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  • An ETF that represents the Dow Jones Industrial Average is commonly called “diamond." An ETF that represents the Dow Jones Industrial Average is commonly called “diamond." An ETF that represents the Dow Jones Industrial Average is commonly called “diamond." An ETF that mimics the Dow Jones is called "Diamond."

Transcript

  • 1. Chapter 4 Mutual Funds and Other Investment Companies
  • 2. Investment Companies
    • Investment Company Act of 1940 which classifies into:
      • Unit trusts – portfolio fixed for life of fund (unmanaged)
      • Managed Investment Companies
        • Closed End
        • Open End – “Mutual Funds” About 90% of investment company assets are here.
  • 3. Other Investment Organizations
    • Commingled Funds – partnerships that pool funds (e.g. trust or retirement accounts pool into a common fund). Are like large investor open ended funds
    • REIT (Real Estate Investment Trusts) – similar to closed end funds, but established by separate legislation and must invest passively in real estate
    • Hedge Funds – not registered and not subject to SEC regulation. Used by “sophisticated” investors and financial intermediaries. Often use high leverage
  • 4. Mutual Funds
    • Our goal in this chapter is to understand the different types of mutual funds, their risks, and their returns.
    • Around 1980, 5 million Americans owned mutual funds.
    • However, by 2001, 93 million Americans in 55 million households owned mutual funds.
    • In 2001 investors added $505 billion in net new funds to mutual funds.
    • In 2001, mutual fund assets totaled $7 trillion.
    • In 2002, mutual fund assets totaled 6.4 trillion.
  • 5. Mutual Funds
    • Mutual funds are simply a means of combining or pooling the funds of a large group of investors.
    • The buy and sell decisions for the resulting pool are then made by a fund manager, who is compensated for the service provided.
    • Like commercial banks and life insurance companies, mutual funds are a form of financial intermediary .
  • 6. Mutual Fund Operations: O rganization and Creation
    • A mutual fund is simply a corporation. It is owned by shareholders, who elect a board of directors.
    • Most mutual funds are created by investment advisory firms (say Fidelity Investments), or brokerage firms with investment advisory operations (say Merrill Lynch).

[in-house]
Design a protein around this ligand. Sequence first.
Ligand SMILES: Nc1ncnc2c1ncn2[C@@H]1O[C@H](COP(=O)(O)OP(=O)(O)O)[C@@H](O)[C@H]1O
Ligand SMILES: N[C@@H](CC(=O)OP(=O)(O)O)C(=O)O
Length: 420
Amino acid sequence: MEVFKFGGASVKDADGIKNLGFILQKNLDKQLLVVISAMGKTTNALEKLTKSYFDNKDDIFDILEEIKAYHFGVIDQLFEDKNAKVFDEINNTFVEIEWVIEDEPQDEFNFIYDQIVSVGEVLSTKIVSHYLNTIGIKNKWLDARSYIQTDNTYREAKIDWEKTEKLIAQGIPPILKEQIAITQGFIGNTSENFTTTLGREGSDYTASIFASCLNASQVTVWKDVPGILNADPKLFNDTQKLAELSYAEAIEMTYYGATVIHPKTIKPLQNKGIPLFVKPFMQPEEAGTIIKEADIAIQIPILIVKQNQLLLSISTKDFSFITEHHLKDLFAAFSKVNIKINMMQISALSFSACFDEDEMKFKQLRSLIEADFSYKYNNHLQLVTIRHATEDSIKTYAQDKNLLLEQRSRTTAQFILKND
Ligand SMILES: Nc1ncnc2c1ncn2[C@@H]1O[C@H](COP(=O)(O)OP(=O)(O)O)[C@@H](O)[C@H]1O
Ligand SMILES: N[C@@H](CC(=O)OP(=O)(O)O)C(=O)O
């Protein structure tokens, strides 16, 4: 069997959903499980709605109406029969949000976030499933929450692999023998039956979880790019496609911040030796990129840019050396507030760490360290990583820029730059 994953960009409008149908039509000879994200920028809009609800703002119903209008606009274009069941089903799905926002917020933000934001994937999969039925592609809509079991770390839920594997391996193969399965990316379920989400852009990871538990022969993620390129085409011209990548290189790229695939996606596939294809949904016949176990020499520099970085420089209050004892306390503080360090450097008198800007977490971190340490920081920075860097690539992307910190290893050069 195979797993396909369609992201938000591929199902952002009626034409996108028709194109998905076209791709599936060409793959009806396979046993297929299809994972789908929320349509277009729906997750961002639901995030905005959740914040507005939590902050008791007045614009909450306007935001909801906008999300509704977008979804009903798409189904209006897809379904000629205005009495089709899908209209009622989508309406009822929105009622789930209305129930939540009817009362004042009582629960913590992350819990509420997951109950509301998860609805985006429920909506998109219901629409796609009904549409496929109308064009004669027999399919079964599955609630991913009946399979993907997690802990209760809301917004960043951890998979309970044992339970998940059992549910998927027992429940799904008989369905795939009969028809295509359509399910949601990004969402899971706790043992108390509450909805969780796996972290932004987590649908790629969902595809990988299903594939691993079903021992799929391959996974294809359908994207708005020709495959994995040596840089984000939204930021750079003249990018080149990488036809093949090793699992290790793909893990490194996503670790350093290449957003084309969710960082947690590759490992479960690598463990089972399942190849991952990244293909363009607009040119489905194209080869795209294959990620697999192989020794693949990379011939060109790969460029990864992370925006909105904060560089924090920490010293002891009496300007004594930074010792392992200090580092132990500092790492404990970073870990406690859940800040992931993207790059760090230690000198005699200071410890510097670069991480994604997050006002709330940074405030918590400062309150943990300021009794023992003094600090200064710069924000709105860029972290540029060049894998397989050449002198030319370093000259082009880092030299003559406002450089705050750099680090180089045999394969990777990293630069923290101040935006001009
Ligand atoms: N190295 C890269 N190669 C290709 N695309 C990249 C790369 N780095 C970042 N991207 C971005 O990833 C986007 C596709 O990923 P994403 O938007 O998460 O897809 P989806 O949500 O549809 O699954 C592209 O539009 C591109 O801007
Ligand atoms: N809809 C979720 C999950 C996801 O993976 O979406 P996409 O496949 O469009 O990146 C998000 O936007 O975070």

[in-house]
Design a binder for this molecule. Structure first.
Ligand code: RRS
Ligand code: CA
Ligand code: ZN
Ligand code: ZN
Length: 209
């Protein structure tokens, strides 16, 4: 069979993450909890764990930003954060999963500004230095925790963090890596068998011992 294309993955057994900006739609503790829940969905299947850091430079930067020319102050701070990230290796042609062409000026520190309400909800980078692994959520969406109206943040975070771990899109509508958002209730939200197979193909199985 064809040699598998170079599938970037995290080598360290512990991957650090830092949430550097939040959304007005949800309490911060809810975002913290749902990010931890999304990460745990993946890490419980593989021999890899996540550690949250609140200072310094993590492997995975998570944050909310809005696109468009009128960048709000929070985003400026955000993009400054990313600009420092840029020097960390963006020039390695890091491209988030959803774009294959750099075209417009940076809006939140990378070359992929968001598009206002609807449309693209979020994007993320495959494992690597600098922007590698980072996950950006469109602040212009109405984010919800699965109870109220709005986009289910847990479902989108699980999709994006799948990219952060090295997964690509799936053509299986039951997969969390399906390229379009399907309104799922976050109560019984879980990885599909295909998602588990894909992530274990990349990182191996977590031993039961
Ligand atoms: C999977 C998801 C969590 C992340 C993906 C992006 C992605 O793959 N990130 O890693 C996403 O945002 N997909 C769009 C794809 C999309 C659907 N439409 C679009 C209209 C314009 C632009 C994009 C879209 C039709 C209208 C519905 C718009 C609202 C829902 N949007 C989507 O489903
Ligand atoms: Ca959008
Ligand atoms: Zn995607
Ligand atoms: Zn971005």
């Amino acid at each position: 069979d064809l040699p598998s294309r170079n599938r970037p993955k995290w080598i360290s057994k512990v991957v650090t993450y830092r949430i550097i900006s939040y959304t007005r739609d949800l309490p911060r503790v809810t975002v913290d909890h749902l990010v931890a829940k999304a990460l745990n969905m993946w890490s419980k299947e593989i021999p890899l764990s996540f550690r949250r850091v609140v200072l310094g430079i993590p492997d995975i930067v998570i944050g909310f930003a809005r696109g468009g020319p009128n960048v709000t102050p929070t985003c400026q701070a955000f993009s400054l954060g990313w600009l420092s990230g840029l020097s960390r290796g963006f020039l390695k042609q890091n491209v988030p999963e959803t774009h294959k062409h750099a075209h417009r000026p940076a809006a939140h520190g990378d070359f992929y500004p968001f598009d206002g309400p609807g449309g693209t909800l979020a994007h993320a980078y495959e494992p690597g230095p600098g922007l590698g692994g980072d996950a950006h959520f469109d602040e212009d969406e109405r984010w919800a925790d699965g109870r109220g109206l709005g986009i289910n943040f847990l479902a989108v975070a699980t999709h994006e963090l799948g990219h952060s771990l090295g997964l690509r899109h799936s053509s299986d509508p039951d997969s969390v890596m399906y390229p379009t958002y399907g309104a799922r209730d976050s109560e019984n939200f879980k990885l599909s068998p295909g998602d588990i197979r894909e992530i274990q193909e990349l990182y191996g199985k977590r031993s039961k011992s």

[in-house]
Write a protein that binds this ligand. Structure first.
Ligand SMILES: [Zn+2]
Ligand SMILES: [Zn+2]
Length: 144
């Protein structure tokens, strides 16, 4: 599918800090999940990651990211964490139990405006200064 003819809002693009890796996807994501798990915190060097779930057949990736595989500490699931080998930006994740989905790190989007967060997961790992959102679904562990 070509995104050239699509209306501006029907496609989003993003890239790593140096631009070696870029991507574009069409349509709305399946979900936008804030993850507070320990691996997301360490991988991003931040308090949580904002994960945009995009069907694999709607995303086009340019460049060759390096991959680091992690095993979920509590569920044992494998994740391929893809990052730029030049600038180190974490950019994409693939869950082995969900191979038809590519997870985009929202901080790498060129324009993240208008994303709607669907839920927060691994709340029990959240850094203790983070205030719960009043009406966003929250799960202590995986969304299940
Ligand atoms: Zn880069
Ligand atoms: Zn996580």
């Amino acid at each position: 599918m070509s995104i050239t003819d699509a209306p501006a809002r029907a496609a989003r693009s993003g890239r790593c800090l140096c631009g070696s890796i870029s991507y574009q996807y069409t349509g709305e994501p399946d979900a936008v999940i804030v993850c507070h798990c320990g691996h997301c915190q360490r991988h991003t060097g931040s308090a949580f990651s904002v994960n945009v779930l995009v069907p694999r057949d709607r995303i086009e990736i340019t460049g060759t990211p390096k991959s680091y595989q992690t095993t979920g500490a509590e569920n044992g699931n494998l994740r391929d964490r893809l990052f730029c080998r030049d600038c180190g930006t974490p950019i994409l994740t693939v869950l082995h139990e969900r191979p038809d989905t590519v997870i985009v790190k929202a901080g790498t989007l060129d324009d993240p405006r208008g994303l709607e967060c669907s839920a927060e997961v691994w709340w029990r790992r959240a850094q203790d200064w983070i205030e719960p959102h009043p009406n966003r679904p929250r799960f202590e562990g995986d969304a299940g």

• Investment advisory firms earn fees for managing mutual funds.
  • 7. Taxation of Investment Companies
    • A “regulated investment company” does not have to pay taxes on its investment income.
    • To qualify, an investment company must:
      • Hold almost all its assets as investments in stocks, bonds, and other securities,
      • Use no more than 5% of its assets when acquiring a particular security, and
      • Pass through all realized investment income to fund shareholders
  • 8. The Fund Prospectus and Annual Report
    • Mutual funds are required by law to supply a prospectus to any investor who wishes to purchase shares.
    • Mutual funds must also provide an annual report to their shareholders.
  • 9.
    • Administration & record keeping
    • Diversification & divisibility
    • Professional management
    • Reduced transaction costs (economies of scale in trading)
    Services of Investment Companies
  • 10. Investment Companies and Fund Types
    • An Investment company is business that specializes in pooling funds from individual investors and making investments.
    • An Open-end fund is an investment company that stands ready to buy and sell shares in itself to investors, at any time .
    • A Closed-end fund is an investment company with a fixed number of shares that are bought and sold by investors, only in the open market .
  • 11.
    • Shares Outstanding
    • Closed-end: no change unless new stock is offered.
    • Open-end: changes when new shares are sold or old shares are redeemed.
    • Pricing
    • Open-end: Net Asset Value(NAV)
    • Closed-end: Premium or discount to NAV
    Open-End and Closed- End Funds: Key Differences
  • 12.
    • Used as a basis for valuation of investment company shares.
      • Selling new shares
      • Redeeming existing shares
    • Calculation
    • Market Value of Assets - Liabilities
    • Shares Outstanding
    Net Asset Value
  • 13. Mutual Fund Costs and Fees
    • Sales charges or “loads”
      • Front-end loads are charges levied on purchases.
      • Back-end loads are charges levied on redemptions.
    • 12b-1 fees. SEC Rule 12b-1 allows funds to spend up to 1% of fund assets annually to cover distribution and marketing costs.
    • Management fees:
      • Usually range from 0.25% to 1.00% of the funds total assets each year.
      • Are usually based on fund size and/or performance.
  • 14. Mutual Fund Costs and Fees
    • Trading costs
      • Not reported directly
      • Funds must report "turnover," which is related to the amount of trading. ((Avg Assets)/Sales)
      • The higher the turnover, the more trading has occurred in the fund which increases costs.